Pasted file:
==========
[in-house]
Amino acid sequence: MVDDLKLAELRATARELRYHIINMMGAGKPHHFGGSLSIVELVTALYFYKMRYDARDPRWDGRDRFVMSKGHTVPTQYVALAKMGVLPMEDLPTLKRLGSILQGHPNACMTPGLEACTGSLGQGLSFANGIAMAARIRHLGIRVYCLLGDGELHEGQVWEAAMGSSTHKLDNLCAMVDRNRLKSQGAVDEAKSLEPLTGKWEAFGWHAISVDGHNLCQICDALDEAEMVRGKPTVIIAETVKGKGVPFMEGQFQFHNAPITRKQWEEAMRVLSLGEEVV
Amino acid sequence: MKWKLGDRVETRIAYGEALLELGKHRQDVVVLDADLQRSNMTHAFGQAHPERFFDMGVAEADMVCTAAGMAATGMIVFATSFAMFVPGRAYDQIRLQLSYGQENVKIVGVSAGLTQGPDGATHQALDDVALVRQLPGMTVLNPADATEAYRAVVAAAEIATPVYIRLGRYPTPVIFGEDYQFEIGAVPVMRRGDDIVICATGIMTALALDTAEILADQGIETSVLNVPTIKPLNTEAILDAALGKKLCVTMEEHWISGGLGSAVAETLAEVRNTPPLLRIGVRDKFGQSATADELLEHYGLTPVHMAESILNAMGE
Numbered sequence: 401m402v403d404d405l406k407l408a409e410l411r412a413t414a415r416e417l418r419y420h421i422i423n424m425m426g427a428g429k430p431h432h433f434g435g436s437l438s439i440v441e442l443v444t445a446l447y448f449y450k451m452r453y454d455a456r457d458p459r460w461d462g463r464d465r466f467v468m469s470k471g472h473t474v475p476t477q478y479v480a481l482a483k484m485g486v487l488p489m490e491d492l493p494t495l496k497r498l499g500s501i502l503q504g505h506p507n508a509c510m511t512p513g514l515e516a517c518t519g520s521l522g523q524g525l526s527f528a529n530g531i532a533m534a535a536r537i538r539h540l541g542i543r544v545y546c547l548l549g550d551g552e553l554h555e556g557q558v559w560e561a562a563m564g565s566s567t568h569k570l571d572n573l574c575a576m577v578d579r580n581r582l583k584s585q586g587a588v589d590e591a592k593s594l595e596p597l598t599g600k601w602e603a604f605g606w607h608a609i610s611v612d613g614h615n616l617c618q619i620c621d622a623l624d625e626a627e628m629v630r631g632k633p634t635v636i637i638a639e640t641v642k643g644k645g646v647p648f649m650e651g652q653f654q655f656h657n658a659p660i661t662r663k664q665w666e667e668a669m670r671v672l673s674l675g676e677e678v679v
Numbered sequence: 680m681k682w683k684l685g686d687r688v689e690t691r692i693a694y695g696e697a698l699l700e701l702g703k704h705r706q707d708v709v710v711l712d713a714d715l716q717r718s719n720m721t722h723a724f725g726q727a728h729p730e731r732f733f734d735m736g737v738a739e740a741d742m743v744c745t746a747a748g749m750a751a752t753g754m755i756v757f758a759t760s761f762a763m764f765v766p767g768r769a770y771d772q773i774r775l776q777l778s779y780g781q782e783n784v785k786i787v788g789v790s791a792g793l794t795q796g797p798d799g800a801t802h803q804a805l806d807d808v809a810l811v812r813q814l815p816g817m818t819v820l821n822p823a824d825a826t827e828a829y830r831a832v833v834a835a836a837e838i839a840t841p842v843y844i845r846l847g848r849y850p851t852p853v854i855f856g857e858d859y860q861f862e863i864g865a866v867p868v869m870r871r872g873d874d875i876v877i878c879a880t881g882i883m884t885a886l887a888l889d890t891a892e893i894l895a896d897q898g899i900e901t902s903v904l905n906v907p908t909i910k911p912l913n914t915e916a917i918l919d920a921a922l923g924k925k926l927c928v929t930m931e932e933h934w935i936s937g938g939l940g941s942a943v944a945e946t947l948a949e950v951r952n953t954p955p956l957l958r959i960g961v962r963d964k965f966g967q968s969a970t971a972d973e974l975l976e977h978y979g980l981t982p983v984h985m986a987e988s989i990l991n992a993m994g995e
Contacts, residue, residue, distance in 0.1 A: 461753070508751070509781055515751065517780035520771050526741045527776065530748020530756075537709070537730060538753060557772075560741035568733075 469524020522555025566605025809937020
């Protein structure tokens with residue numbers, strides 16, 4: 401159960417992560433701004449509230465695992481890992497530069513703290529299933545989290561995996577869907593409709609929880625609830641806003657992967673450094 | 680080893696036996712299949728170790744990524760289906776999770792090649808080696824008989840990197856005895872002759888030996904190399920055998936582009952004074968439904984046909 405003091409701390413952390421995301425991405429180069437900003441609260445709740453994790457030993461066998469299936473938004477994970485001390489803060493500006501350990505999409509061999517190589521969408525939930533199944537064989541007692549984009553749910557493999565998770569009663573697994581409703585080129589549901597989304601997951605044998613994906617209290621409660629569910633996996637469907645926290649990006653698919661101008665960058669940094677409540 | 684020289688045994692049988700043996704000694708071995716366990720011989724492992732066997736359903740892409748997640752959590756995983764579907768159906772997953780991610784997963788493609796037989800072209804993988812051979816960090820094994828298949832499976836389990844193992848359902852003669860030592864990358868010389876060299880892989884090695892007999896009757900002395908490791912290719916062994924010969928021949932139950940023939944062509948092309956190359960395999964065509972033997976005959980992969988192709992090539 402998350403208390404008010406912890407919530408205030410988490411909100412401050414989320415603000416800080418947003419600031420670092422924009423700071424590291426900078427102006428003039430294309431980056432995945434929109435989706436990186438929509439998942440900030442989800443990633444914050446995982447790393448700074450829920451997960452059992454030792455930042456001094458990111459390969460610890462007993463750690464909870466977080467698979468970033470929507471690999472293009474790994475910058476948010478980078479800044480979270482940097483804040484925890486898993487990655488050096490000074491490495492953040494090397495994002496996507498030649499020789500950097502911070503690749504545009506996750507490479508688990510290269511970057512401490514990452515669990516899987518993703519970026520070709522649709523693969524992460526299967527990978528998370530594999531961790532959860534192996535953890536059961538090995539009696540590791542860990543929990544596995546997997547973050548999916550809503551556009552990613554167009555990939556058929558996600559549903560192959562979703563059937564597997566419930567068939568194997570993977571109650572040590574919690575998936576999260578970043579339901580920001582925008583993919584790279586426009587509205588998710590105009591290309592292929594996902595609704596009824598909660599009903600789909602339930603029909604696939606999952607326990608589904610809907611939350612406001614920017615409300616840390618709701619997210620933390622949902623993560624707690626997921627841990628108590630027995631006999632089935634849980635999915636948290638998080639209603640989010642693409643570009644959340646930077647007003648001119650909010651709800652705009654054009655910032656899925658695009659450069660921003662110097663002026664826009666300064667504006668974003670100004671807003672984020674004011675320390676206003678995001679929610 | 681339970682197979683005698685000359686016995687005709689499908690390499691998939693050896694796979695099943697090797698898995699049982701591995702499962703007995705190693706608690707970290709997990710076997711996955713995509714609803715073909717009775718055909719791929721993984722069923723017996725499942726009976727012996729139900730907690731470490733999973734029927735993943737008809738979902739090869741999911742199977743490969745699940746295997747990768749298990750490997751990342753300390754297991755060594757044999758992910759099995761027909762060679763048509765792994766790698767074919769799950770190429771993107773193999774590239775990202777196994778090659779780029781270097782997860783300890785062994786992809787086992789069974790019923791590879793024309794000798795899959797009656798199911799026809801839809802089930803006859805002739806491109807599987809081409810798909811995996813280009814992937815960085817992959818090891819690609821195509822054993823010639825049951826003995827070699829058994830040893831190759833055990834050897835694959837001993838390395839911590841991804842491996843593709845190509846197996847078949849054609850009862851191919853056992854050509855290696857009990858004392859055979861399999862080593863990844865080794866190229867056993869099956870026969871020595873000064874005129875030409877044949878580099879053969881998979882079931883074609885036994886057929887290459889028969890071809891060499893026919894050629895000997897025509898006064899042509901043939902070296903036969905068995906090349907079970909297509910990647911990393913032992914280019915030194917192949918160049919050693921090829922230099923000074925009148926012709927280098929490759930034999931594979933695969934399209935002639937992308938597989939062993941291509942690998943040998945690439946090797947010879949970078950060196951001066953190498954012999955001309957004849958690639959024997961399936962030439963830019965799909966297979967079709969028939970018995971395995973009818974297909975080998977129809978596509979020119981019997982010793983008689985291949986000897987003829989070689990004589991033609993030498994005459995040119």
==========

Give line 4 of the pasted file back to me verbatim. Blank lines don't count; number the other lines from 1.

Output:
Numbered sequence: 401m402v403d404d405l406k407l408a409e410l411r412a413t414a415r416e417l418r419y420h421i422i423n424m425m426g427a428g429k430p431h432h433f434g435g436s437l438s439i440v441e442l443v444t445a446l447y448f449y450k451m452r453y454d455a456r457d458p459r460w461d462g463r464d465r466f467v468m469s470k471g472h473t474v475p476t477q478y479v480a481l482a483k484m485g486v487l488p489m490e491d492l493p494t495l496k497r498l499g500s501i502l503q504g505h506p507n508a509c510m511t512p513g514l515e516a517c518t519g520s521l522g523q524g525l526s527f528a529n530g531i532a533m534a535a536r537i538r539h540l541g542i543r544v545y546c547l548l549g550d551g552e553l554h555e556g557q558v559w560e561a562a563m564g565s566s567t568h569k570l571d572n573l574c575a576m577v578d579r580n581r582l583k584s585q586g587a588v589d590e591a592k593s594l595e596p597l598t599g600k601w602e603a604f605g606w607h608a609i610s611v612d613g614h615n616l617c618q619i620c621d622a623l624d625e626a627e628m629v630r631g632k633p634t635v636i637i638a639e640t641v642k643g644k645g646v647p648f649m650e651g652q653f654q655f656h657n658a659p660i661t662r663k664q665w666e667e668a669m670r671v672l673s674l675g676e677e678v679v